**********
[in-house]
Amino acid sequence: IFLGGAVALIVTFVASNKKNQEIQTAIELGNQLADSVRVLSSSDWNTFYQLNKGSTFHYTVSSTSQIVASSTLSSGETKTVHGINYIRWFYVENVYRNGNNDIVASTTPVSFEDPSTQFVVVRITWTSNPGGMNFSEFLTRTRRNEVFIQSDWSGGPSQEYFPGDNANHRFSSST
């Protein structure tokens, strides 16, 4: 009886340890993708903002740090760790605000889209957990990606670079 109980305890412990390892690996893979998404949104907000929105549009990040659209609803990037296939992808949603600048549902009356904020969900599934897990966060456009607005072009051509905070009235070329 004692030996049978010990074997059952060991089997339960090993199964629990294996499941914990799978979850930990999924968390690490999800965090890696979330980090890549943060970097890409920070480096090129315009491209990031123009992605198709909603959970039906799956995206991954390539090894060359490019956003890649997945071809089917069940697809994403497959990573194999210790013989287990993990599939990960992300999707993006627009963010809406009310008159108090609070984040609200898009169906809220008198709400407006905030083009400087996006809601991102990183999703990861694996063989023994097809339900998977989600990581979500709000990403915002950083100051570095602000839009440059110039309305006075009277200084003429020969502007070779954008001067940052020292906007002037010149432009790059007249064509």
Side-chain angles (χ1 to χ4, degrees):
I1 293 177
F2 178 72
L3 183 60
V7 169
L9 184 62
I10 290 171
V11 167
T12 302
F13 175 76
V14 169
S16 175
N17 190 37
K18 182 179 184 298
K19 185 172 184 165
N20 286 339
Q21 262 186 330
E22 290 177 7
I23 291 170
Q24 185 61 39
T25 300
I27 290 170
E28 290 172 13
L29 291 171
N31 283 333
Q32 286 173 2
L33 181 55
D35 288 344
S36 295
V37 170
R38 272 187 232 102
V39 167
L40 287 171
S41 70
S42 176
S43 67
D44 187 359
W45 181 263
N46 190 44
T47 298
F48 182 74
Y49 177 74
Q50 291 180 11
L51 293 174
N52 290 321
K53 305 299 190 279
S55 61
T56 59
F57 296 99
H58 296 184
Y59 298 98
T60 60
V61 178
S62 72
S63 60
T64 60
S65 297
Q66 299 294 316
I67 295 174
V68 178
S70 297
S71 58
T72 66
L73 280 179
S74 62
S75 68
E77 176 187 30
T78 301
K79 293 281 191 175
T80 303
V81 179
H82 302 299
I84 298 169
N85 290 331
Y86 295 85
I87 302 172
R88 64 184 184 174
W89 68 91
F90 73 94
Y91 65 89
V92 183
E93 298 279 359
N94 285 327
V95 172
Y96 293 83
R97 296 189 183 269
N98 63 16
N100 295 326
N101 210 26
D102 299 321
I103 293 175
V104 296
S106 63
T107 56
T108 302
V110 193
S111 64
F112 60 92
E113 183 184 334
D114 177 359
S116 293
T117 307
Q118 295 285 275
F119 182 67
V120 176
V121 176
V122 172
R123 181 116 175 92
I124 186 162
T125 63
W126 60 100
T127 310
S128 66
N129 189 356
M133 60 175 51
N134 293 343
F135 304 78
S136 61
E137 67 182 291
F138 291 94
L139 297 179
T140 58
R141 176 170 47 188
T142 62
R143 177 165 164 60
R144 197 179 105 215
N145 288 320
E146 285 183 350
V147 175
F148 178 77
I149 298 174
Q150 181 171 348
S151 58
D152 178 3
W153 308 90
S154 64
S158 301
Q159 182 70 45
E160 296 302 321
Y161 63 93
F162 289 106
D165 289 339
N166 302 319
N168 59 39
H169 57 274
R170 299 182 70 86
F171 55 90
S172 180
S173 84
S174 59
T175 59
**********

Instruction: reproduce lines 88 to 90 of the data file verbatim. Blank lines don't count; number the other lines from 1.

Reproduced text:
Y96 293 83
R97 296 189 183 269
N98 63 16